Overall I found Paris Time Capsule to be a quick, entertaining, light read. People who enjoy a quick read with a light historical fiction mystery and a strong romantic focus should enjoy this book.
My Rating: 3.5/5 stars
Disclaimer: My sincere thanks to TLC Book Tours and Ella Carey for providing me with a complimentary paperback copy of this book in exchange for my honest review.
Este livro atraiu-me logo quer pela capa quer pela sinopse muito prometedora. Mas acabou por não estar à altura do que prometia. A história de um apartamento em Paris, intocado por mais de 70 anos podia ter tido um desenvolvimento fabuloso mas a autora acabou por se centrar mais na figura da personagem principal e no desenvolvimento da sua história pessoal, mesmo assim sem grande sucesso, na minha opinião. A Cat pareceu-me uma personagem muito branda, pouco assertiva e sobretudo pouco senhora da sua vida, já que todos decidiam por ela e ela simplesmente deixava-se andar... Muito pouco conviencente enquanto personagem líder. Já para não falar do namorado Christian e da assistente Elise que eram verdadeiramente insuportáveis!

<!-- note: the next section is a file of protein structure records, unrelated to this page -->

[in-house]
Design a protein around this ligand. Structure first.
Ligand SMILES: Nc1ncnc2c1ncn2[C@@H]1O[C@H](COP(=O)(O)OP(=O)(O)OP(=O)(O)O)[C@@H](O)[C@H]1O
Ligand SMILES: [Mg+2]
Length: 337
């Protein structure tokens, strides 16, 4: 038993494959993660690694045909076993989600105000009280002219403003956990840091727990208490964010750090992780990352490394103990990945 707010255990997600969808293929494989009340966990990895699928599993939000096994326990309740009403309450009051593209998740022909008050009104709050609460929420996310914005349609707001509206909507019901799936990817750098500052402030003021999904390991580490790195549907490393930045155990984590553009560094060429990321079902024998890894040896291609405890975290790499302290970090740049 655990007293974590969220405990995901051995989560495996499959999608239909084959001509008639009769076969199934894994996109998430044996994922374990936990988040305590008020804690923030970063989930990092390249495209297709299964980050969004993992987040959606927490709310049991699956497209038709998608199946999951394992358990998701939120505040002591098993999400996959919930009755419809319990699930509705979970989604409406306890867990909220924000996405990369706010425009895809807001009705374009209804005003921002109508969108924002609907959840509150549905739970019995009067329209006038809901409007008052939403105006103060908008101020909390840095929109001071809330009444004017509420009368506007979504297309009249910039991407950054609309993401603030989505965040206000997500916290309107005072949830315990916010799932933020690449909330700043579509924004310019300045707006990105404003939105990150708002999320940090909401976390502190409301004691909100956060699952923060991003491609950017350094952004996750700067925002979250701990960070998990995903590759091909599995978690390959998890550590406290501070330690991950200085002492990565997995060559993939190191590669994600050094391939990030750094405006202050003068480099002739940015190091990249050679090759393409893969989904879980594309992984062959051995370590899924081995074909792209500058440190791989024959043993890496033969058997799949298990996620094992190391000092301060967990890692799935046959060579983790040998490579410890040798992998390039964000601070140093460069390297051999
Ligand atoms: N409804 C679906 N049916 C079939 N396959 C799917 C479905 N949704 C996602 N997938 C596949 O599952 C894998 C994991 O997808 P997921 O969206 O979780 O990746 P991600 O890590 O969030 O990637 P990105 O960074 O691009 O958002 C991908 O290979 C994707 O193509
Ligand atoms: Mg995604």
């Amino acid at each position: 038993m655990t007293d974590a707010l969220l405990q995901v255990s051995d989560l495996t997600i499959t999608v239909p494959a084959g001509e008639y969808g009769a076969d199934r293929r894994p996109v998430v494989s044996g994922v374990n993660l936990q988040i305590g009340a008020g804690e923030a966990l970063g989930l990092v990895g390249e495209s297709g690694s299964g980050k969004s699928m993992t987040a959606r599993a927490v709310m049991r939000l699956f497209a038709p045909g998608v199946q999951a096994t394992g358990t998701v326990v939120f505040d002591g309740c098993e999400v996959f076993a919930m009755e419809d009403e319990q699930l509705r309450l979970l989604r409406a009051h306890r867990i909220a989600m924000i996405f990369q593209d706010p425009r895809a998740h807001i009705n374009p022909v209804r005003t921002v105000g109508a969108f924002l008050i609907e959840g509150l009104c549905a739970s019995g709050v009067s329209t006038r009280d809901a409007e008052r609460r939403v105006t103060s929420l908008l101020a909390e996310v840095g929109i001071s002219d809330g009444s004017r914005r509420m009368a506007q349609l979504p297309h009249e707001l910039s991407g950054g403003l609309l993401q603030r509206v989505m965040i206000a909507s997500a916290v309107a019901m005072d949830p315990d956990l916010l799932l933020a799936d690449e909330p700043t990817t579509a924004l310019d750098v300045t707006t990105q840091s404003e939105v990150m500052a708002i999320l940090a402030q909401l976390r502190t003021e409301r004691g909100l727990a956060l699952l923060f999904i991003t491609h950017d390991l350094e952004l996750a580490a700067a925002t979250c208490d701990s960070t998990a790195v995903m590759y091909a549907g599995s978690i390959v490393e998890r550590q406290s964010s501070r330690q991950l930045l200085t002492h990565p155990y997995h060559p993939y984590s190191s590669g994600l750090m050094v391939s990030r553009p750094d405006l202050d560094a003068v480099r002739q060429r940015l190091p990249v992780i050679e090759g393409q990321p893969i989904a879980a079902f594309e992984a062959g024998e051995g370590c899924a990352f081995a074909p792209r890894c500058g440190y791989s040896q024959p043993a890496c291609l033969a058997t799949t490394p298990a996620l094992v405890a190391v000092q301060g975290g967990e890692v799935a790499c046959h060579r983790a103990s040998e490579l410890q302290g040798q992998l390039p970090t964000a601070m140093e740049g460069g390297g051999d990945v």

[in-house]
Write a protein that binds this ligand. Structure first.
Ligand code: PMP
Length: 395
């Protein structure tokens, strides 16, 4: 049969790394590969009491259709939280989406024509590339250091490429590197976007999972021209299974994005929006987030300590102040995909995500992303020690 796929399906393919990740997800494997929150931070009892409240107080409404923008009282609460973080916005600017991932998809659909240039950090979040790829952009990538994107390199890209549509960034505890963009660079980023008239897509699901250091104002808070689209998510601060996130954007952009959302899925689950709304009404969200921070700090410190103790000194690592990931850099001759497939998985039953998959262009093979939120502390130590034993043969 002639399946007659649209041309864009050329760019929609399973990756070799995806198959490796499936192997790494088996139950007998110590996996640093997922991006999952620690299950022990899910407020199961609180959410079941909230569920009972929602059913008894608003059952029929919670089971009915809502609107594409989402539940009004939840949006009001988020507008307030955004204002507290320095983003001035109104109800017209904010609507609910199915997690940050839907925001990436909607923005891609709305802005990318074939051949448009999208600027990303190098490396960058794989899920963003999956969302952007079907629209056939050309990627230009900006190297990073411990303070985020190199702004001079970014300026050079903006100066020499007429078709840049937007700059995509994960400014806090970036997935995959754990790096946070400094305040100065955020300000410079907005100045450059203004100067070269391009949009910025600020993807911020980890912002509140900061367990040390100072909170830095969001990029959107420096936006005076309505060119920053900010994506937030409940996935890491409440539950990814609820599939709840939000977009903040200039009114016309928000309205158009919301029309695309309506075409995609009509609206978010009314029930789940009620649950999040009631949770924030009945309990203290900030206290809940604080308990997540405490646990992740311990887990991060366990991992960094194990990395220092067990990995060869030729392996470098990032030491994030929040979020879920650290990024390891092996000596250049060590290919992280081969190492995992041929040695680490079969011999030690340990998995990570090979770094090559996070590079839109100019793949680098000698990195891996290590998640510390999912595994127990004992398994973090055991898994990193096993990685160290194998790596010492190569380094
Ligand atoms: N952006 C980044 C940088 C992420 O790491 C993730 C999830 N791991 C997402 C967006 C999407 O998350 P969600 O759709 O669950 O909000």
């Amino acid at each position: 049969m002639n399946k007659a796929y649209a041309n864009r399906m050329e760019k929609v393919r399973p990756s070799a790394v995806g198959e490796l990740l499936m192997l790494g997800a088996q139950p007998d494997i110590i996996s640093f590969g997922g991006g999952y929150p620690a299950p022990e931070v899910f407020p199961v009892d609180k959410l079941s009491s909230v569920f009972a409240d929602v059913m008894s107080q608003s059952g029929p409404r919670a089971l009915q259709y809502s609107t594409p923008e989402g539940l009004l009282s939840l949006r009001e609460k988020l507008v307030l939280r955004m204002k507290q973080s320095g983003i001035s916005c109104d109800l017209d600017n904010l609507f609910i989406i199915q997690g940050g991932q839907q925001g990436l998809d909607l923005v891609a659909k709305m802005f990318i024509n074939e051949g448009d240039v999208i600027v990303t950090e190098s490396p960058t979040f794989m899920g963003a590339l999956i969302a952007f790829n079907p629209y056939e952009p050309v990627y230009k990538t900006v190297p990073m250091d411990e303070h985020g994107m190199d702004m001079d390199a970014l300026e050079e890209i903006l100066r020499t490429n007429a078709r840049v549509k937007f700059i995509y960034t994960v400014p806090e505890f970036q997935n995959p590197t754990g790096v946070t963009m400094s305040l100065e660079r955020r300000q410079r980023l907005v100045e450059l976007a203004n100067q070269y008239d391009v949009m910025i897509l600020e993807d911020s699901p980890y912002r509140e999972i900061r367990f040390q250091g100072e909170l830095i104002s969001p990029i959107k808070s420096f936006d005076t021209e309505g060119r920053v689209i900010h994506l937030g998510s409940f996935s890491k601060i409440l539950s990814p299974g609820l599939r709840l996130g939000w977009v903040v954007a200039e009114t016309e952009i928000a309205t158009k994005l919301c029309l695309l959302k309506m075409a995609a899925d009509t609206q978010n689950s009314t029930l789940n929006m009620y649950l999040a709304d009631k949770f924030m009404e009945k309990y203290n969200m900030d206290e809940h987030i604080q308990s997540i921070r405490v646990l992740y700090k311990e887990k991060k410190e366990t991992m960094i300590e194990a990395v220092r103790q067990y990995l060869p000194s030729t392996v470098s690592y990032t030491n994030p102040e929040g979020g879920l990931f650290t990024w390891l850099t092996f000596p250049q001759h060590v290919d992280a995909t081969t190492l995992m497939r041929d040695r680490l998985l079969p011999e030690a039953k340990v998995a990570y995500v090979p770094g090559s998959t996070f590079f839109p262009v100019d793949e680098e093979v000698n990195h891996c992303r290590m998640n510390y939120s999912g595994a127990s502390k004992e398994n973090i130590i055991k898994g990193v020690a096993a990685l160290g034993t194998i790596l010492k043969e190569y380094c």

Em resumo, um livro que se lê bem, rápido, mas muito fraco em termos de romance.
Não comprei este livro e provavelmente não o compraria. Veio como oferta da Bertrand na compra e não saberia o que estava a perder. História envolve-nos progressivamente e mal dei por isso, estava a devorar o livro. Queremos sempre saber mais, Ella cativa-nos de tal forma, que temos de saber toda a sua história e o resultado não é de todo o esperado. Não sei se o segundo desenvolve mais a situação entre Cat e Loic, espero que sim, mas já o comprei e vamos lá descobrir que mais segredos tem o apartamento em Paris...
Lovely!!! This book is the first of three but you can read them as a stand alone book and in any order you want to. But, I started with the first one and it was very good. It was interesting and describes France just as you’d imagine. Well, that’s all any of us can do I the moment is travel in our minds!!! It was my second book by Ella Carey and I will be reading her others in time.